"In the past 12 months the British nation has spent on the purchase of strong drink a sum beyond all precedent. Last year the iSTational Drink Bill of the United Kingdom was not less than £410,000,000. In order to maintain the liquor traffic as it now exists, Great Britain is now consuming annually at least 50,000,000 bushels of grain m her distilleries and breweries, 200,000,0001 b. of sugar,' and coal enough to keep 5000 men digging the entire year, to say nothing of the 5000 able-bodied persons engaged m the manufacture, distribution and sale of liquors. Hence it becomes apparent at once that the liquor traffic m Great Britain is a great economic problem, as well as one which involves sentiment for .the home, love of the family, and patriotism for the country. There is a strong and influential party m England to-day that favours State purchase, but while sympathising with their desire to have reform at any cost, the W.C.T.U. knows that it is the duty of the State to prevent crime and disease, to prevent drunkenness and to promote morality, to protect the children and the homes of the people, therefore they cannot,, see how the State can license evil and expect good. In Canada. "Eight of the nine provinces m Canada prohibited the sale of liquor; but the prohibition of the manufacture, exportation and importation had to be accomplished through the Dominion Parliament. During the last years of the war the Dominion Parliament did prohibit the manufacture, export and import, by Order-in-Council for the duration of the war and one year thereafter. That period is passed and these privileges are renewed, which renders it difficult to enforce the provincial law against the sale while the manufacture is permitted. Plebiscites were' taken recently, and though I have not heard the final results, present conditions show that Canada is likely to remain dry, for Alberta shows a majority m favour of prohibition of 28,763, Manitoba a majority of 9,618, Nova Scotia 40,000, Saskatchewan 27,850, and British .Columbia a majority of 20,000 for Government control, which means no liquor saloons or bars are to be permitted, but liquor may be sold m sealed packages under Government control. Eight provinces have now women's suffrage. r Iceland and Finlan^j Both Dry. " Finland twice a prohibition vote, but was riotrajjo^ed to pu^ it into effect because of the veto of despotic Russia during pre-war days and drink-sodden conditions. At the earliest moment possible after Finland had national independence she put m force her national ideal of sobriety by prohibiting the-^manufacture and sale of alcohol for beverage purposes on June 1, 191(9. Even the remote Faroe Islands testify eioquently to the unqualified success of no-license. In 1908 the islanders decided to try prohibition, and the result is a wave of material prosperity. Between 1908 and 1918 the savings of this hardy people f increased from £03,573 to £.116,973. | "Turn where we wijl, no-license . is' proving itself one of the most valuable assets of the human race. A policy which reduces crime and poverty, increases prosperity and happiness, and raises the moral tone of the people, is bound to be a safe and a sound policy. " Despite Ireland's interest m other problems, jnuch attention has been given to prohibition agitation. The street meetings of the Irish Temperance League have been featured by large crowds and keen questioning. Not Wanted m China. " While at the Anti-Alcoholic t Congress at Washington m September, 1920, "the representative from China said : <* You can give us your religion, , your methods of education and science, but we do not want your breweries. Alcoholic liquors are not desirable m America, nor are they desirable m China. They should be rooted out of the world.' " In Norway the Conservative Party m Parliament has so large a majority , for prohibition that it has been able to maintain war-time prohibition since the war ended, although as yet there is no act m effect making it permanent. The very latest report froni Sweden tells us that the Netherlands, at a Hague gathering attended by more than 1000 representatives from all parts of the country, and accompanied by more than 2000 women and men, demanded the passage of the Local Veto Bill. Referenda m Australia. "Tb.e liquor referendum which was taken m Queensland m October, 1920, is reported to have resulted m a victory for the ' wets.' The first local option vote m Victoria took place the same month, and it was, too, m favour of the traffic ; but, though both places have to suffer, from the liquor trade a little longer, our forces are not discouraged, for one result of the poll shows an enormous body of electors who desire the abolition of the drink traffic, and who voted m favour of nolicense, and these will not decrease but increase. A World Movement. " And so the world moves on toward prohibition. Individuals, - churches, societies of every description, political parties, and Governments are considering the question, and world prohibition is becoming a world-wide vision. Regularly every year I remind you that our organisation had its birth, was cradled, and raised m the atmosphere of prayer. I have travelled far, met many of our world leaders, heard thrilling stories of drink's thraldom and of victories won, have had great experiences, and come back to you with- a conviction stronger than ever that prayer must be our chief fighting force. We can only win as we take up our right position with Christ, and stand with Him until the powers of darkness are beaten down. I trust at this convention to concentrate our faith and prayer m determined aggressiveness against the drink traffic. "Then we must have'new members and more money. America has set herself, to win 1,000,000 new members by 1924. Surely we can double our membership before next convention. If each member would set herself to win one, what a force we should have next year ! Then we must have money. The time is ripe for a headquarters office with an officer m charge. Wo want more organisers m both Islands, greater facilities for travelling, moriterature for circulation, and everimaginable kind of new work that wiT lead on to victory. Then we must ' do.' "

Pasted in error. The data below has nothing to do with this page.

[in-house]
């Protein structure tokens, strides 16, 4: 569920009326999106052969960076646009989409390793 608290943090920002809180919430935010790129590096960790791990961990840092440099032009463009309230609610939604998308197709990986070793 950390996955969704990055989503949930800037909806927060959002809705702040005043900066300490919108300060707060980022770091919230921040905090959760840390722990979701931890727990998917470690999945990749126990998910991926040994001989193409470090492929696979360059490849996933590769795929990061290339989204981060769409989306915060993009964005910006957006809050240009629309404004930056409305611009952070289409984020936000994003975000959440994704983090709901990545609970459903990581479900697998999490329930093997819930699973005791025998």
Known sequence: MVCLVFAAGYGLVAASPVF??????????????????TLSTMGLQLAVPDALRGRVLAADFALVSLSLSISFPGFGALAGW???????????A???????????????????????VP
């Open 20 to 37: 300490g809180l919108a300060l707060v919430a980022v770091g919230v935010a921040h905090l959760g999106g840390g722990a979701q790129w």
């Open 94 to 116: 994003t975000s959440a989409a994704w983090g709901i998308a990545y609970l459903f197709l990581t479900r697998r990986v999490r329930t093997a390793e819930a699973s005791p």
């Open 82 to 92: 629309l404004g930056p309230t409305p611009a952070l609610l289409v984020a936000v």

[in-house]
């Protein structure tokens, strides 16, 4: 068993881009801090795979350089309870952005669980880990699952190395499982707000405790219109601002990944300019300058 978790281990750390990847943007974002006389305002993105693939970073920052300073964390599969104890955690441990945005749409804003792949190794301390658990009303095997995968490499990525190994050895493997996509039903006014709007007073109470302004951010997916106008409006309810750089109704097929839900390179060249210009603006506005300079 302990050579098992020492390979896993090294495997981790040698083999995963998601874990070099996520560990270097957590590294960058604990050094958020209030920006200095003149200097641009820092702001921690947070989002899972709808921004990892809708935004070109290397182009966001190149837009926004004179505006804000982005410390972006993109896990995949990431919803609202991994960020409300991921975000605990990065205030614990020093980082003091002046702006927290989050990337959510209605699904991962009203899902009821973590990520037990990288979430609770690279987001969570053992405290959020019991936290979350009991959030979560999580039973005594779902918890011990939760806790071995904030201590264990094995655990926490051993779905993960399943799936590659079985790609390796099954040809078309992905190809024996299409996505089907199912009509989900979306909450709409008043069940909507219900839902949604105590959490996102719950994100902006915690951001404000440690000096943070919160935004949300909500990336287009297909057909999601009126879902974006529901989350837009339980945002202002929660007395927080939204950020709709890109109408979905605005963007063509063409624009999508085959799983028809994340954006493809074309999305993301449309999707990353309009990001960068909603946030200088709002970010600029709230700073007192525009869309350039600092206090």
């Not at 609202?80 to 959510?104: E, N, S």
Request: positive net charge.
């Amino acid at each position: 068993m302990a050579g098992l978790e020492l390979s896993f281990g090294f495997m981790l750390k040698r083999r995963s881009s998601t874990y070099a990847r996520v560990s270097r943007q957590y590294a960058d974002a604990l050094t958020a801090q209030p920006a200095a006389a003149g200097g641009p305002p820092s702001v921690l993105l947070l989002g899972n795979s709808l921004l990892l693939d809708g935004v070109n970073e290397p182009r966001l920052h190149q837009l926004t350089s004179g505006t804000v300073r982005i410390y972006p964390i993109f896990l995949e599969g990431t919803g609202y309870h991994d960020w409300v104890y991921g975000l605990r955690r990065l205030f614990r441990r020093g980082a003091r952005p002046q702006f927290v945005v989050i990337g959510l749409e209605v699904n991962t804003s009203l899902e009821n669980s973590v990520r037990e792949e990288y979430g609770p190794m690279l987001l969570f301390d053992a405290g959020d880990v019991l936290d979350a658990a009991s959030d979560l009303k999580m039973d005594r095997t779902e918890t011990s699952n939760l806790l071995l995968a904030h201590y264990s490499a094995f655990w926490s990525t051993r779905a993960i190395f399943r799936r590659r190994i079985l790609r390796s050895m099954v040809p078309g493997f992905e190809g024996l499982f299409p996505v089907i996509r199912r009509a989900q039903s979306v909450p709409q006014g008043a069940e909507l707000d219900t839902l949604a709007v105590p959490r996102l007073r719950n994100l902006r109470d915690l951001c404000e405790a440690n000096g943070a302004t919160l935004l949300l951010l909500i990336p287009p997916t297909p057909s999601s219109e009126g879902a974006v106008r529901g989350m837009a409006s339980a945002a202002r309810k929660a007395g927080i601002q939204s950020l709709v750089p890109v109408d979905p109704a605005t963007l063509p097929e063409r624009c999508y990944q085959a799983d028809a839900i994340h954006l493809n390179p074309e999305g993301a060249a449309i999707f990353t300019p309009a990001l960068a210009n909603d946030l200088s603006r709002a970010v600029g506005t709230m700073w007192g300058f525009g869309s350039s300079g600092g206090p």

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PROHIBITION ISSUE., Ashburton Guardian, Volume XLI, Issue 9465, 12 March 1921
PROHIBITION ISSUE. Ashburton Guardian, Volume XLI, Issue 9465, 12 March 1921